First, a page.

New film: Improving disease resistance in Kenya’s crops
CONNECTED is pleased to publish a new short film explaining a research project funded by the network, which seeks to improve the resistance to disease of cabbage and kale crops in Kenya.
Cabbage is Kenya’s third most important and commonly consumed crop. It is Kenya’s most common vegetable. Generally the population of Kenya consume it on a daily basis.
One of the challenges in production systems in the country is the presence of Turnip Mosaic Virus, which is spread by aphids. They are capable of spreading it very quickly, which has led to a wide spread of the virus in Kenya, and hitting the production statistics of the country, and impacting on hunger as well.
Turnip Mosaic Virus
When the infection of Turnip Mosaic Virus starts very early, the cabbage does not form the head, so the farmer loses the crop – almost 75 per cent. If the infection sets in late, the head will be formed but it will not be marketable.
Disease resistance has been identified in Chinese cabbage, a distant relative of Kenya cabbage. So the project is looking for a trait that has been developed in terms of resistance to this virus in a Chinese cabbage, with a view to transferring this desirable trait to Kenyan cabbages, and so increase production.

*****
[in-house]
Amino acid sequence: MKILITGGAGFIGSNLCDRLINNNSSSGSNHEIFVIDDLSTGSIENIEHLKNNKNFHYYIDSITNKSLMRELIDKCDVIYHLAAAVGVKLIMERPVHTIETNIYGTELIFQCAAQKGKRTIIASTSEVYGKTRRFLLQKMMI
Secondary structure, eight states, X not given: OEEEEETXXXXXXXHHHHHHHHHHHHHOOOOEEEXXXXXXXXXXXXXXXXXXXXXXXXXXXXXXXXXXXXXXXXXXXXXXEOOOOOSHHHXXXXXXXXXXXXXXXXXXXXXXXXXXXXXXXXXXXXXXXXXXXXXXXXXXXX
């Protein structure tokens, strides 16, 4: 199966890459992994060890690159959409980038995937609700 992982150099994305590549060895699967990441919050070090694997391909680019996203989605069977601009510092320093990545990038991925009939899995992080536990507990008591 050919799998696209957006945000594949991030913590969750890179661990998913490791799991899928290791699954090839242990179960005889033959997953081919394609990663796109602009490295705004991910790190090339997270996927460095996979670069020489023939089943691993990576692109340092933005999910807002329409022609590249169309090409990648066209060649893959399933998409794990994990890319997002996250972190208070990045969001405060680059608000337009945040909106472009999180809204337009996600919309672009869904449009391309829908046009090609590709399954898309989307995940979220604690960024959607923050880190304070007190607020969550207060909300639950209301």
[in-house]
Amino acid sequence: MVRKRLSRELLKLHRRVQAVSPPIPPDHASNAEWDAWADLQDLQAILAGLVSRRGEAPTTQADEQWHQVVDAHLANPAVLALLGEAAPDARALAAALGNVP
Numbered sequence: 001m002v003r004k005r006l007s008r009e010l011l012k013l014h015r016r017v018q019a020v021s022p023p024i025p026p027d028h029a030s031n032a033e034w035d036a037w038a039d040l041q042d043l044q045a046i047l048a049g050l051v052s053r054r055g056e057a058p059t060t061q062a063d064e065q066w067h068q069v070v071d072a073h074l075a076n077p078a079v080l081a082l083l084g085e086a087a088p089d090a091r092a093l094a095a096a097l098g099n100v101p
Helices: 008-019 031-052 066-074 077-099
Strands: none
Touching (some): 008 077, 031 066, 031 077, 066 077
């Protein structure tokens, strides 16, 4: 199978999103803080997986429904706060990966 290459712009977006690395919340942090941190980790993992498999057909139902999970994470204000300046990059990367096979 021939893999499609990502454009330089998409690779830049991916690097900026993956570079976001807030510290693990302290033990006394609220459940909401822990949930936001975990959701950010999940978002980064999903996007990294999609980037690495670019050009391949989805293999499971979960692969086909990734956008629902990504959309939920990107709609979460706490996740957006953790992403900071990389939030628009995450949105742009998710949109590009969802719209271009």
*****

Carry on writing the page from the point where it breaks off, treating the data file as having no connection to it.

This project, ‘Improving disease resistance in Kenya’s crops’ is central to improving the livelihoods of farmers in Kenya, especially those engaging in kale, through reducing the cost of production. The film explores the project’s aims and the techniques being used. Watch it using this link.
The project is an international research collaboration, bringing together:
- Kenya Agricultural and Livestock Research Organization
- Centre for Agriculture and Biosciences International, Kenya
- Syngenta Seeds BV, Netherlands
- NIAM EMR, UK
- University of Warwick, UK
Key people involved in the project are:
- Charlotte Nellist (Principal Investigator)
- Miriam J Otipa
- John A Walsh
- Bill H Briggs
- Joseph M K Mulema